Avian Bird Flu support in place in Galloway

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Support is being given to help poultry keepers in Galloway put Avian Bird Flu prevention measures in place.

In response to the growing number of cases on mainland Europe, the Scottish Government has declared an Avian Influenza Prevention Zone in Scotland requiring that all poultry and captive birds in Scotland must be kept indoors, or otherwise kept separate from wild birds for the next 30 days.

Similar measures have been put in place south of the border.

The precautionary step has been taken in response to multiple reports of a strain of highly pathogenic Avian Influenza (HPAI) H5N8 causing high mortality in wild birds in mainland Europe, mostly affecting waterfowl.

There have been no cases of this strain detected in the UK.

Within the Zone bird keepers are legally obliged to take all practicable steps to ensure that poultry and other captive birds are kept separate from wild birds - in most cases this will be by keeping birds housed.

Dumfries and Galloway Council said this week its environmental health staff are helping those affected in the region to take action following the announcement.

Chair of the Council’s Economy, Environment and Infrastructure committee, Colin Smyth, said: “There will be a number of people across our region who will be affected by the Scottish Government’s declaration. Even if you have just one bird, you will need to take action as this applies to businesses and individuals who may have birds.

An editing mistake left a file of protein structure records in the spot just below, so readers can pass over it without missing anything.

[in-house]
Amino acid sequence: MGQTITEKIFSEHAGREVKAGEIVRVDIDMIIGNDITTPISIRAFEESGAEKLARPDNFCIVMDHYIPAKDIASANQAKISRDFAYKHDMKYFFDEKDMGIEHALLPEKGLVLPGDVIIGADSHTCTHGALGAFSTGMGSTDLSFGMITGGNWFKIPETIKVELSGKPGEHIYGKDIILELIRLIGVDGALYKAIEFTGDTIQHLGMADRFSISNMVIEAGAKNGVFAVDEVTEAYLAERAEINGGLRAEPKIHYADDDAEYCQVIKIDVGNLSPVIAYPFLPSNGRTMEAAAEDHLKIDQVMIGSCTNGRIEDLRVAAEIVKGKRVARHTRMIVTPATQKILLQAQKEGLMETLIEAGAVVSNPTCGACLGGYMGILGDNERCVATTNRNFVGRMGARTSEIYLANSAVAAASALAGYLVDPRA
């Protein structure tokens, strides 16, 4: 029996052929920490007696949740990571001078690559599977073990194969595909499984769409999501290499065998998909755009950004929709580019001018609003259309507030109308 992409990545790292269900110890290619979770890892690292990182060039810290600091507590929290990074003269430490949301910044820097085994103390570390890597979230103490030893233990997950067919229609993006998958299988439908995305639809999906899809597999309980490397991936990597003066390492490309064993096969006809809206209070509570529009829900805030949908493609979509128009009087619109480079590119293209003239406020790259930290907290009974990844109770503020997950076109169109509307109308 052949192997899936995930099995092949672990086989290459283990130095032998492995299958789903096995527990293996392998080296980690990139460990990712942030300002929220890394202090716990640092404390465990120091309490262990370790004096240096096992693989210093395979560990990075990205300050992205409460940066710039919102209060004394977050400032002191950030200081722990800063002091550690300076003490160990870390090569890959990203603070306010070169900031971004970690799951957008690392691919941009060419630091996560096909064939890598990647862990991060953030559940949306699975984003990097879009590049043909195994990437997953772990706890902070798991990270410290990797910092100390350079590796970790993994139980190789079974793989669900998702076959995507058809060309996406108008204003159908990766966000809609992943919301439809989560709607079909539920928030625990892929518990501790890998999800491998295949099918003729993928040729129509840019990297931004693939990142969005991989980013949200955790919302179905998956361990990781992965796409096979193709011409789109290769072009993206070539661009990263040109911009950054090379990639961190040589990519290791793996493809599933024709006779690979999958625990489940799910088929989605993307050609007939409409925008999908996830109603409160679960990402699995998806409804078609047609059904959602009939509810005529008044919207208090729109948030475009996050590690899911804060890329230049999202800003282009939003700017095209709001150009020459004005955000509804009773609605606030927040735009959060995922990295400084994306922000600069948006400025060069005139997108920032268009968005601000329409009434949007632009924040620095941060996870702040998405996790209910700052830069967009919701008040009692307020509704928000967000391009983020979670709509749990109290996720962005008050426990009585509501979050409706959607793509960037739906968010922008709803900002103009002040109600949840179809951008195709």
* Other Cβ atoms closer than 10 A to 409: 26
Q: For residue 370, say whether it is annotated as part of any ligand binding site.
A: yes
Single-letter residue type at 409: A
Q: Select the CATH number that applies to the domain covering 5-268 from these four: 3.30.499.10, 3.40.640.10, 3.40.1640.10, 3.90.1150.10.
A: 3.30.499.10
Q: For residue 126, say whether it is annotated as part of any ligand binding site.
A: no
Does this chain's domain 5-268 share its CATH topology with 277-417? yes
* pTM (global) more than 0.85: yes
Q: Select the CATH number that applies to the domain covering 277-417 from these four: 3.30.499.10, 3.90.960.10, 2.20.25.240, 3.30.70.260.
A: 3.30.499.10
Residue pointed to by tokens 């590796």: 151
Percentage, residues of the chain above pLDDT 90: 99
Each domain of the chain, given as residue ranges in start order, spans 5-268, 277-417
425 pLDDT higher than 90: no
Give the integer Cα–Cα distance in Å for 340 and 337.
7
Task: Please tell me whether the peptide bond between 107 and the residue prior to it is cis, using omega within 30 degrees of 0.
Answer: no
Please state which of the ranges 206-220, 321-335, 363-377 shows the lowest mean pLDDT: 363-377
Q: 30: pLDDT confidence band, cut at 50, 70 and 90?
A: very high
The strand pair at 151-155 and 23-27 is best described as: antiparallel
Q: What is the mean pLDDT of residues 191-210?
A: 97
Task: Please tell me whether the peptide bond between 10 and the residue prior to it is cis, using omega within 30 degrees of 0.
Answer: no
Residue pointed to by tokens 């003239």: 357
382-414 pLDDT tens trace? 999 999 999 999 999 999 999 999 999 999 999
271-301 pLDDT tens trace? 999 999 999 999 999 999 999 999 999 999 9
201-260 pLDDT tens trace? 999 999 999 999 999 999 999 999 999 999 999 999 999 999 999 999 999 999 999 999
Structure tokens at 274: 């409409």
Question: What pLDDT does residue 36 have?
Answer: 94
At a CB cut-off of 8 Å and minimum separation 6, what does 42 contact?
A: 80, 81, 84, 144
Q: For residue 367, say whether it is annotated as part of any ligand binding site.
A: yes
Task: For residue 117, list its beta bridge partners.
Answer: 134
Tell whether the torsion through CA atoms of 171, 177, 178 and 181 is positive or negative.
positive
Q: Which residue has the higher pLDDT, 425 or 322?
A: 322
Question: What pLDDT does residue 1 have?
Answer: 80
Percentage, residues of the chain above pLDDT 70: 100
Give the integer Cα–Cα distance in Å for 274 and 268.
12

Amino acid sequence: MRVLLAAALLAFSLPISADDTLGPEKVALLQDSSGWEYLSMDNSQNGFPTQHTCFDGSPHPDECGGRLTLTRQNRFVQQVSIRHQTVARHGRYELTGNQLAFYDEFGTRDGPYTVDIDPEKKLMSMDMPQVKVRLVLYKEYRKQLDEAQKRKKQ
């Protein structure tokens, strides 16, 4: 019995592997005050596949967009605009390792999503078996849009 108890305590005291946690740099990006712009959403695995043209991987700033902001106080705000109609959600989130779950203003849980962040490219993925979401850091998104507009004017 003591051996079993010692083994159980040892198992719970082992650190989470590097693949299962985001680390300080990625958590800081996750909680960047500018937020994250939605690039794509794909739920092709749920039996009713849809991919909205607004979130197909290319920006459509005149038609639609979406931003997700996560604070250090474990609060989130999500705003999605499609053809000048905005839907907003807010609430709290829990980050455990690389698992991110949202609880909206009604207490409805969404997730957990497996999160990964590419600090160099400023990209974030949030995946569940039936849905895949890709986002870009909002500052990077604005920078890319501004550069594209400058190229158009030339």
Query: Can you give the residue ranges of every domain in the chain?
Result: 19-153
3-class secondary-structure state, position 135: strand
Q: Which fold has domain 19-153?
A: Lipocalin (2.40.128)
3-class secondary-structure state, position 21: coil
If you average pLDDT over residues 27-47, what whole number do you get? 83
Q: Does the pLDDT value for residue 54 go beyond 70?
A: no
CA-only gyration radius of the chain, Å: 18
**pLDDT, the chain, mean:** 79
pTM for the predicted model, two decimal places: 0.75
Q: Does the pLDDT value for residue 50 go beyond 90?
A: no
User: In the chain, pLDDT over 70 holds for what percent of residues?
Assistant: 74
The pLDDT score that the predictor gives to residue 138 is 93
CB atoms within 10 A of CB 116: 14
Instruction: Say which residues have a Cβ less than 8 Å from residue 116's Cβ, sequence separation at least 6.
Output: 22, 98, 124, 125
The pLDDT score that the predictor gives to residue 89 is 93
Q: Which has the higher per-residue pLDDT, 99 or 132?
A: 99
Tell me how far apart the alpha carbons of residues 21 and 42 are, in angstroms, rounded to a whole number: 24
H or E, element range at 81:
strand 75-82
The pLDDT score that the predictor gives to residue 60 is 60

“The Council have a dedicated customer service team to help answer any questions that people may have. Call 030 33 33 3000 to speak to a member of the team.”

NFU Scotland say poultry keepers are well prepared to deal with the threat, the Scottish poultry keepers having, in the past few weeks, attended roadshow meetings where biosecurity measures and good practice regarding the threat of HPAI had been discussed.

Penny Johnston, Animal Health and Welfare Policy Manager for NFU Scotland said: “Scottish poultry keepers are up to speed on the current threat posed by the presence of HPAI on mainland Europe and the recent well-attended roadshows have brought everyone up to date on the biosecurity measures and contingency plans they should be employing to keep their flocks as safe as possible.

“Looking at the spread of HPAI across Europe, it is clear that there is a high risk of infection in wild migratory fowl, posing a risk of cross infection into our commercial birds. The decision taken by the Scottish Government is sensible, given the risk, and producers will play their part.

“NFU Scotland will continue to monitor the situation and update producers of any changes to the risk status and advice but in the meantime, we urge all poultry keepers to comply with the restriction notice, tighten biosecurity and be aware of the potentially increased risks from wild birds.”